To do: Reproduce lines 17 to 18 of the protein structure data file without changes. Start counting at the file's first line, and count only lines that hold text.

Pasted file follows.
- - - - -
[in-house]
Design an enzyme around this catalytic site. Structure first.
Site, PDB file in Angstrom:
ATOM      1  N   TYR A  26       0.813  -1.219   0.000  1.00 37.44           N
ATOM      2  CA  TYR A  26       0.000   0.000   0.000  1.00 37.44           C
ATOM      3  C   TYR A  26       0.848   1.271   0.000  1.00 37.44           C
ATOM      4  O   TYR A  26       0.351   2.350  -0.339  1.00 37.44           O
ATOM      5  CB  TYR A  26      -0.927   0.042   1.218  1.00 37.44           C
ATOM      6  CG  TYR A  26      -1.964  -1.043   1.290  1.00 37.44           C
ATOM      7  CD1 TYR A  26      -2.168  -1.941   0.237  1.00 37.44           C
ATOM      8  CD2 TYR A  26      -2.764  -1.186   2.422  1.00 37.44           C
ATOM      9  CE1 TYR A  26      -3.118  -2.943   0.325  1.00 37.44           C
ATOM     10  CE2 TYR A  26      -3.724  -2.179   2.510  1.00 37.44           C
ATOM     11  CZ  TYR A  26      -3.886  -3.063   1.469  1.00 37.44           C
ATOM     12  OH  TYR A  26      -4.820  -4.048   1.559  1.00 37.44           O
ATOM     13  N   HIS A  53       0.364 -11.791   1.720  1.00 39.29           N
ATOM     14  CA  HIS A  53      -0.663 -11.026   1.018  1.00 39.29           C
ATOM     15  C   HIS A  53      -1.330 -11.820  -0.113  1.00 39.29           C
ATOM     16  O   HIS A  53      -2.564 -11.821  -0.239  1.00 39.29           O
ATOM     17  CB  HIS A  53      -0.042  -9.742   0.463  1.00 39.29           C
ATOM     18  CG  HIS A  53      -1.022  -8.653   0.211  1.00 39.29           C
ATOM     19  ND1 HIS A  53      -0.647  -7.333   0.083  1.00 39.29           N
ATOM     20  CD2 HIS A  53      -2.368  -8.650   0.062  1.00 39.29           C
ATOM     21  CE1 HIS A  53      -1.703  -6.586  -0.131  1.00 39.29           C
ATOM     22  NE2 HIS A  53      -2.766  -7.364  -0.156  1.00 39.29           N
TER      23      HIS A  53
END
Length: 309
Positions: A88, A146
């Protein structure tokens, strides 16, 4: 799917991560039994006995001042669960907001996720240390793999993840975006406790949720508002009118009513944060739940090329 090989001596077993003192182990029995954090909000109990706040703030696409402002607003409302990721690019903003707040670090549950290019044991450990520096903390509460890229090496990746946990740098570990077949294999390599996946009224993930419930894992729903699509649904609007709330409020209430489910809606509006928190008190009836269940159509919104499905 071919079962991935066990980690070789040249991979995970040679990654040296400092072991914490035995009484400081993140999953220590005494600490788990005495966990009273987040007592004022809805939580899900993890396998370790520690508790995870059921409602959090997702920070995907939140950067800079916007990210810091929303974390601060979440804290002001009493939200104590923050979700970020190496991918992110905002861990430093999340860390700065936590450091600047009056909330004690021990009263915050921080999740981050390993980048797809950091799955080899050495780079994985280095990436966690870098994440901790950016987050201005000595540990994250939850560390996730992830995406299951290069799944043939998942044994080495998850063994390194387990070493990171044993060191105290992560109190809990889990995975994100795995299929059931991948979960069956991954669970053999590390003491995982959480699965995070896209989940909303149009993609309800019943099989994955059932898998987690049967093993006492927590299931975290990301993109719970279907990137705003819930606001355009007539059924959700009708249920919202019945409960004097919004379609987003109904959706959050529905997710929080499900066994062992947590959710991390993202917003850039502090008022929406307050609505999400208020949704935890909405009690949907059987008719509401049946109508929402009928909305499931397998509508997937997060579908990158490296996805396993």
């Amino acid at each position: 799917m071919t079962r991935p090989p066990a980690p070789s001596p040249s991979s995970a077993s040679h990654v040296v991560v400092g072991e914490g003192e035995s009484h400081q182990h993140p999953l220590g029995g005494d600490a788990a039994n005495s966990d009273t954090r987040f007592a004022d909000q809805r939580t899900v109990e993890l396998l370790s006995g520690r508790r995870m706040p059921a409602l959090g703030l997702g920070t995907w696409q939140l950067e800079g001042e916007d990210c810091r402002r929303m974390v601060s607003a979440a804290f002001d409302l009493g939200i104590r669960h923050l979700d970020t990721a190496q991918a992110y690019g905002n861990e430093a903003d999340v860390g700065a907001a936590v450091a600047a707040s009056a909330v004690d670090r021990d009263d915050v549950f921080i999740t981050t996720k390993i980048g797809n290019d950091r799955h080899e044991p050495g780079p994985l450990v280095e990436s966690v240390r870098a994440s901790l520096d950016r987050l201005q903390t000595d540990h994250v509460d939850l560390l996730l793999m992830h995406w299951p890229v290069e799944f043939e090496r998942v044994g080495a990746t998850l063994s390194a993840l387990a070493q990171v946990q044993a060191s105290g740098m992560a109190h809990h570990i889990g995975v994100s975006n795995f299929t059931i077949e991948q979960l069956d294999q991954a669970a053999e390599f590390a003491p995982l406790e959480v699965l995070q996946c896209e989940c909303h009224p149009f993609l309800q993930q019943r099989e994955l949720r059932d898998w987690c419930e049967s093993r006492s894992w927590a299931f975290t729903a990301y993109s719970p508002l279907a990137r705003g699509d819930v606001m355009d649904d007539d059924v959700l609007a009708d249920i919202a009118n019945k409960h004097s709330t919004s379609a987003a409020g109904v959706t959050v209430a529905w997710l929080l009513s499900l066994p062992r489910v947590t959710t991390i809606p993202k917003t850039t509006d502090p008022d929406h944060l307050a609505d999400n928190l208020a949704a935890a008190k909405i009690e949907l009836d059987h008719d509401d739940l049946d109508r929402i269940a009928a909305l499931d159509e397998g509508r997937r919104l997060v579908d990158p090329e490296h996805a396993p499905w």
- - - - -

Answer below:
ATOM     14  CA  HIS A  53      -0.663 -11.026   1.018  1.00 39.29           C
ATOM     15  C   HIS A  53      -1.330 -11.820  -0.113  1.00 39.29           C